In this market, shorting stocks at new lows is a far better strategy than buying stocks at new highs


The general market is in a down-trend. When that happens, the rules for buying stocks on support that worked in the rising market fail miserably. One of the statistics I compute every night after the market has closed is the percentage of all stocks that reached a new high 10 days ago that have now closed above their price price 10 days ago (one of the components in the GMI, see table below). I focus on buying stocks at new highs and therefore want to make sure that stocks that do so are likely to rise. Since May 7, the percentage of about 4900 US stocks that were successful 10 day highs has been 50% or higher on only 5 days (only 30% did so last Friday). During this same period, my opposite, successful 10 day new low indicator, the percentage of stocks that hit a new low 10 days ago and closed lower than they did 10 days earlier has been 50% or more on 16 days,  or all but one day Since May 7. Thus, if I had to trade stocks, I would have had a much better chance of making money if I shorted stocks at new lows or bought put options on them. Buying or holding stocks at or near new highs is now a losers game. Everyone must do some self-analysis to determine why they would do so during a market down-trend. Ask, do I want to make money or to be smart?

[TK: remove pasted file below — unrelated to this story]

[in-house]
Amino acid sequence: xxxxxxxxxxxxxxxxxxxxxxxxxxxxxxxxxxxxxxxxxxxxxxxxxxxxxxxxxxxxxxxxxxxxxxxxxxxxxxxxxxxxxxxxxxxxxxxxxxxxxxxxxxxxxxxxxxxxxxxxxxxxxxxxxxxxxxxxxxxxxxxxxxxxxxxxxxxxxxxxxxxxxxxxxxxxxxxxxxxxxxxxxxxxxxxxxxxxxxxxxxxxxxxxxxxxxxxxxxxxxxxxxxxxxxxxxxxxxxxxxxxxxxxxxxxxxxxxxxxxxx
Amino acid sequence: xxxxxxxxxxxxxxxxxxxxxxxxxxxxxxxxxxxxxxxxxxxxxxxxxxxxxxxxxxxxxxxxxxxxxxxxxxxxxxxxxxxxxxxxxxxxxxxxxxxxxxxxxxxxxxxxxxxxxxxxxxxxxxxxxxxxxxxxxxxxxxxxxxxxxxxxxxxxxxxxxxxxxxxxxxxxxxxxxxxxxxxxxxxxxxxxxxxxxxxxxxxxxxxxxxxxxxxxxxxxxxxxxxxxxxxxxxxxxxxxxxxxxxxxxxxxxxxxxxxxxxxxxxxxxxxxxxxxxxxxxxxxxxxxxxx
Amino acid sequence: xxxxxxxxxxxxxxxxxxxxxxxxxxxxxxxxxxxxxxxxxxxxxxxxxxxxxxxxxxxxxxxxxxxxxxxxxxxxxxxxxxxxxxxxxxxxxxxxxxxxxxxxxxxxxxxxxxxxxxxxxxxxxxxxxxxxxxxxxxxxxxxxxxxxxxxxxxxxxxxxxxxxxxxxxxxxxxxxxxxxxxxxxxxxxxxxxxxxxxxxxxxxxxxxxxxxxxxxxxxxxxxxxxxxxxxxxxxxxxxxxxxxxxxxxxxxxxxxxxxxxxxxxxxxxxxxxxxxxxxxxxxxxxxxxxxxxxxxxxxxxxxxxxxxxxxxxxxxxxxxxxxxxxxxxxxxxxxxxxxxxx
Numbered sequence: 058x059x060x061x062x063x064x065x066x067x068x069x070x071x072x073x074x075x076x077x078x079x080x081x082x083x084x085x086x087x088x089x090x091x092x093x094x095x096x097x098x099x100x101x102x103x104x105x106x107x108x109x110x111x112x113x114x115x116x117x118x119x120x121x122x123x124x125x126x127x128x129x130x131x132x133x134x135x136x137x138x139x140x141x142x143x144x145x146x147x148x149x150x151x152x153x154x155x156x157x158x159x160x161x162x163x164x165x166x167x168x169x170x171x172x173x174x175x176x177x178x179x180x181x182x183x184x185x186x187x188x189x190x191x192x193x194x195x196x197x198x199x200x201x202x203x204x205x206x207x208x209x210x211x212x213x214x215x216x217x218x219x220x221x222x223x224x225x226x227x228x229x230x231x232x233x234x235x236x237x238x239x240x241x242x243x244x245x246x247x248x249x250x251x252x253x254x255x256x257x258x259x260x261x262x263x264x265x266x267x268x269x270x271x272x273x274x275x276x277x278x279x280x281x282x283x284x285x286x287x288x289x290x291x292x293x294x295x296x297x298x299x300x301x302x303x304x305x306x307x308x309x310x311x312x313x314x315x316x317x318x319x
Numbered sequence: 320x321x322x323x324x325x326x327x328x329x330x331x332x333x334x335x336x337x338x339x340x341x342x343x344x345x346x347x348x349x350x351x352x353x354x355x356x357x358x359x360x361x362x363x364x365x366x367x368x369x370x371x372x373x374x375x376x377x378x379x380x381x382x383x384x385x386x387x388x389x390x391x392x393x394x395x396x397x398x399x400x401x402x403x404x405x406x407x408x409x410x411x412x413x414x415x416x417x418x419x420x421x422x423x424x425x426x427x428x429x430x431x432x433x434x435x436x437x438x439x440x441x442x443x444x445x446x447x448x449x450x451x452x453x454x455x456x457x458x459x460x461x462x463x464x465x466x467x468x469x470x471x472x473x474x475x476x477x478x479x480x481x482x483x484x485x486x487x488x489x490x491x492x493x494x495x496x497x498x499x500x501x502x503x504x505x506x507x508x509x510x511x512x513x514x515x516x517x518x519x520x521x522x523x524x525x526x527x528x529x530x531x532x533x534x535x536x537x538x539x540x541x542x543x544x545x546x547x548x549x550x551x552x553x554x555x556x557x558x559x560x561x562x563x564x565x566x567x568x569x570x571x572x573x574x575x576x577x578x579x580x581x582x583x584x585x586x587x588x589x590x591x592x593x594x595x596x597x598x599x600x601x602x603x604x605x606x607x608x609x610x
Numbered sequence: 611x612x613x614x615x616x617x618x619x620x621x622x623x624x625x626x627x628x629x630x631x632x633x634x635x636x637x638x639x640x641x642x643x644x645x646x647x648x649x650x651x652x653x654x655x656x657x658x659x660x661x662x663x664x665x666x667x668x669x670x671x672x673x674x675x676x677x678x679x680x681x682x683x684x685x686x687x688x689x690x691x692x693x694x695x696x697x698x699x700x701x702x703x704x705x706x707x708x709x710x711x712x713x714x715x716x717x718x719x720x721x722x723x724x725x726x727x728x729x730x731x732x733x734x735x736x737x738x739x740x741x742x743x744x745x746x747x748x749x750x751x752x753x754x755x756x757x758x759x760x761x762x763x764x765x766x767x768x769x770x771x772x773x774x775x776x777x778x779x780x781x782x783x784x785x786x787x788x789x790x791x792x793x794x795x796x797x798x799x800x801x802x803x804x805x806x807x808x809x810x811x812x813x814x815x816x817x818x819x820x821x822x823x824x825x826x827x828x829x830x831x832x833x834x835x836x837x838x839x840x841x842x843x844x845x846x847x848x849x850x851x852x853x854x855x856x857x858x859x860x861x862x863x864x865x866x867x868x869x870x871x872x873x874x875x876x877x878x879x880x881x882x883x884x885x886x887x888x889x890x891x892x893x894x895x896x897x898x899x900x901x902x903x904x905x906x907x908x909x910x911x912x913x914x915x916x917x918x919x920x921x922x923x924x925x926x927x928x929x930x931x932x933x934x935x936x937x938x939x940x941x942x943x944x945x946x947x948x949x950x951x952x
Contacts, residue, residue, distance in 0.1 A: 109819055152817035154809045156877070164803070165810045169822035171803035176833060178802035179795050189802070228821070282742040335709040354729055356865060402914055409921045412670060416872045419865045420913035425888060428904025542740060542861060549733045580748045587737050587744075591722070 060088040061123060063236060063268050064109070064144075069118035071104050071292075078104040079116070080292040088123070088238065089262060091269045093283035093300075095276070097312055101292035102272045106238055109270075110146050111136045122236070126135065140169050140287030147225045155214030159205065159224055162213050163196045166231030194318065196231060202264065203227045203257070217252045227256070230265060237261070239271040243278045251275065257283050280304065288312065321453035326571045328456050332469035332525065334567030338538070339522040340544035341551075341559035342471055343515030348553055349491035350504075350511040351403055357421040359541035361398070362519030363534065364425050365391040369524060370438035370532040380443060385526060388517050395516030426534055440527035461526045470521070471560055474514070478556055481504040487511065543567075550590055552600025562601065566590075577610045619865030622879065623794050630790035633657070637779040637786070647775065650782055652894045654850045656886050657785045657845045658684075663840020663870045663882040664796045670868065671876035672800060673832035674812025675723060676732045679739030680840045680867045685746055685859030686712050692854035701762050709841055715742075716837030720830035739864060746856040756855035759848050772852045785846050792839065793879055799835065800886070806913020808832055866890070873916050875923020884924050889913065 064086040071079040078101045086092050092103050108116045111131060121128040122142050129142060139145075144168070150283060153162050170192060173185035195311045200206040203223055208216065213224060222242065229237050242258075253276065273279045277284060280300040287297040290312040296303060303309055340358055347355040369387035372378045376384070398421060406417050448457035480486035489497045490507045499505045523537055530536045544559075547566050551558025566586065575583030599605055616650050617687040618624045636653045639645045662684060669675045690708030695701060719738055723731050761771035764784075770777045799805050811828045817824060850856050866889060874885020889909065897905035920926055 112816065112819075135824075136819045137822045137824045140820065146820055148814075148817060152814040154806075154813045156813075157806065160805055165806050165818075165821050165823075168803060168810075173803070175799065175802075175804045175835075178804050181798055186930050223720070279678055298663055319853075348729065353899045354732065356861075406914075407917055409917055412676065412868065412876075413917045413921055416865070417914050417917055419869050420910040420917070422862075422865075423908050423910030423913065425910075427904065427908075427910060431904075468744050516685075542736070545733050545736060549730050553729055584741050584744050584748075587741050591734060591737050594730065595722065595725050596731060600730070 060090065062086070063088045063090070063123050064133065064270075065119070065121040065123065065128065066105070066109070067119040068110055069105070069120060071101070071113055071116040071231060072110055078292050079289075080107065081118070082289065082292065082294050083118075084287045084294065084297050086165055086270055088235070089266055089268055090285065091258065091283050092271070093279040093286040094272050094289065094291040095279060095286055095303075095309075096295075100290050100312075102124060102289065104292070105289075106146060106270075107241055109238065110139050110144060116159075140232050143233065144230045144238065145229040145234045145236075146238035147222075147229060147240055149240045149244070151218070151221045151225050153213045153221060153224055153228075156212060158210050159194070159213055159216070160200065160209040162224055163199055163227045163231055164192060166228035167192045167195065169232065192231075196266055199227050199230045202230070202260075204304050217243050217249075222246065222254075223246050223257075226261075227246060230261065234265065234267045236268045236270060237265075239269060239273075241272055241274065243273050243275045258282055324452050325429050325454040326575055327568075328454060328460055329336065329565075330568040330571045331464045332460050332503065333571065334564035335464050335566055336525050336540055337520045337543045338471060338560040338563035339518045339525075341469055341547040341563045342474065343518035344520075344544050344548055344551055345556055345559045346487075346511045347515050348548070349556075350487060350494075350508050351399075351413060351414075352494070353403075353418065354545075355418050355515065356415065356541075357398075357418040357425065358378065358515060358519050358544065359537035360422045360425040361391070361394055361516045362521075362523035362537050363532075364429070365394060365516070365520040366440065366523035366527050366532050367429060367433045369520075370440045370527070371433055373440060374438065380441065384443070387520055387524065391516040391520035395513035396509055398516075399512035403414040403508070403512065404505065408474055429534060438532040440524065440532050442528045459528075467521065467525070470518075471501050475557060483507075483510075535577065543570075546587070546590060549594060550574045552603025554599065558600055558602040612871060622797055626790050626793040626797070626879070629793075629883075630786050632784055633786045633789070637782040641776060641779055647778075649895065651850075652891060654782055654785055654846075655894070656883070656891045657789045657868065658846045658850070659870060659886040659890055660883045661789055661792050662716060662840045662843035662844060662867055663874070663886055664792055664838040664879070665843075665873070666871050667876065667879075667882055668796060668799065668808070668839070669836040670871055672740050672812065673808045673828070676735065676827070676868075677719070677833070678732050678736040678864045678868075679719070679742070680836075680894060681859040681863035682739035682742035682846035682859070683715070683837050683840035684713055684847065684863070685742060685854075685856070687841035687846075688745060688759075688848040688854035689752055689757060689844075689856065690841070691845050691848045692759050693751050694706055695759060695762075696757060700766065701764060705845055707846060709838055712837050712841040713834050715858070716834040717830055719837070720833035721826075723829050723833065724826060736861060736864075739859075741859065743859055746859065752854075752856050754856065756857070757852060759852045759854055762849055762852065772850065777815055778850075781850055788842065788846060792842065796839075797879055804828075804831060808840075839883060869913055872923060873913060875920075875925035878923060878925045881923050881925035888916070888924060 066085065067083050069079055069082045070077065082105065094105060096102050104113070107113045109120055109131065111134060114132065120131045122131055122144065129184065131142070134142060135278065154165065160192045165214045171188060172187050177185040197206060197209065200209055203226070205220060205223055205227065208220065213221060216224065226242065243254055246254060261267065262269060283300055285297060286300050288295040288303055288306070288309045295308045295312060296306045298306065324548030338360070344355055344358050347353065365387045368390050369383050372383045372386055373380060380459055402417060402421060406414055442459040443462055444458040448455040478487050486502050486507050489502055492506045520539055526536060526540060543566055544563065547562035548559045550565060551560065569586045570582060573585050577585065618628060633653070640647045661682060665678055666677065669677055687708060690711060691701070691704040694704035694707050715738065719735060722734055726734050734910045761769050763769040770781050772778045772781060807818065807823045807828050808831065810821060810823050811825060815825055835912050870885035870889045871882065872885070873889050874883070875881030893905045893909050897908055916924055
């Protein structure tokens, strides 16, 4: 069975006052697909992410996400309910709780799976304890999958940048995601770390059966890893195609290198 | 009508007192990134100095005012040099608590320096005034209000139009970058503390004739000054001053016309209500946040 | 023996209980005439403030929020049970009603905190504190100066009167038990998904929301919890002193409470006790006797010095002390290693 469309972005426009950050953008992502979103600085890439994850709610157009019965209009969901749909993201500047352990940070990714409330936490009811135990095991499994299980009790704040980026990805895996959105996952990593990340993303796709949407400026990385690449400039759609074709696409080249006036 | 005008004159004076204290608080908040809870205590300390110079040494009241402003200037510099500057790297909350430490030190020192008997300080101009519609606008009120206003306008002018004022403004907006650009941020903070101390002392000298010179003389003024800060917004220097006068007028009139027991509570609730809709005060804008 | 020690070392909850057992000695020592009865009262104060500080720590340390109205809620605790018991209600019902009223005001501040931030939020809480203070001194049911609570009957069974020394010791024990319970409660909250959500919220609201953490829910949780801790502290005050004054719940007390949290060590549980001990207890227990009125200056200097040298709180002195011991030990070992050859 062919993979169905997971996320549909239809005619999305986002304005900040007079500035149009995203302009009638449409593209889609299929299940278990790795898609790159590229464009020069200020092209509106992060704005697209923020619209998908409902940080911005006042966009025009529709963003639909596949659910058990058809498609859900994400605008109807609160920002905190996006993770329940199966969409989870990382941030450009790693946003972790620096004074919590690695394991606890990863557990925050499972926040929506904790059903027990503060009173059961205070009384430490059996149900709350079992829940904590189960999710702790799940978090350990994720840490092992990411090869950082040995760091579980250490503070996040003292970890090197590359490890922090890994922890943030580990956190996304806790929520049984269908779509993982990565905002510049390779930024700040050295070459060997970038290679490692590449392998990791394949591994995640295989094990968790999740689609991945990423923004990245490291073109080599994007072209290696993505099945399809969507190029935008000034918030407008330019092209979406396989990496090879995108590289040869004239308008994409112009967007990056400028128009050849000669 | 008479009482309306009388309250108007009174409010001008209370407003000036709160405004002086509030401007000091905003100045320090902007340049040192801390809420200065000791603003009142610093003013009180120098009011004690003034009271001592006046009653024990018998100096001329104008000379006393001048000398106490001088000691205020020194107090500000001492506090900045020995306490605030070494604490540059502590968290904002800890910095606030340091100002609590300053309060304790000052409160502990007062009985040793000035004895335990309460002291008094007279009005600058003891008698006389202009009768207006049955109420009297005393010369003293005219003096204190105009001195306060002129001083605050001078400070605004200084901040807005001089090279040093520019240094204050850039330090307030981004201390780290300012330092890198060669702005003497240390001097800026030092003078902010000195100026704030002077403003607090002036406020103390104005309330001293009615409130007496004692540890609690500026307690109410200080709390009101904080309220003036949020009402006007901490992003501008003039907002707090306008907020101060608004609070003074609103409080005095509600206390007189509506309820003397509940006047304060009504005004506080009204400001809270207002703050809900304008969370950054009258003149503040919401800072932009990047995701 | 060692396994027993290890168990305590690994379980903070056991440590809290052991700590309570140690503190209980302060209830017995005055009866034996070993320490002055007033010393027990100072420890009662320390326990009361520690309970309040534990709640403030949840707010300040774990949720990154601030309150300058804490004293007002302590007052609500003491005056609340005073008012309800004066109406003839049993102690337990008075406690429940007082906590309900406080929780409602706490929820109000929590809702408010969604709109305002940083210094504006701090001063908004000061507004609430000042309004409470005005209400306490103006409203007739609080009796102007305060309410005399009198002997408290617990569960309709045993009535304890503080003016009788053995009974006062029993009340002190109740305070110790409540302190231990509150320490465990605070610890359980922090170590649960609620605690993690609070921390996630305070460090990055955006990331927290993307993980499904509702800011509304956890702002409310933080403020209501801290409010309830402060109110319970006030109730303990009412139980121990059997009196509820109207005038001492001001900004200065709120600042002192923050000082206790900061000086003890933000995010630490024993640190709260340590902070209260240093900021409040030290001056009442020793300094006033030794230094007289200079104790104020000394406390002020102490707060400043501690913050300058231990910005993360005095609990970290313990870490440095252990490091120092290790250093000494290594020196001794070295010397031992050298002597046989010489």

By the way, the Dow (DIA) is now back below its critical 30 week average (solid red line). This may be a triple top formation. If the 30 week average curves down, the market could be at major risk of a significant decline. That signal saved me from staying long during the 2000 and 2008 market debacles.


The GMI remains at 1 (of 6) and on a Red signal. The T2108, currently at 24%, typically falls below 10% at or near a market bottom.



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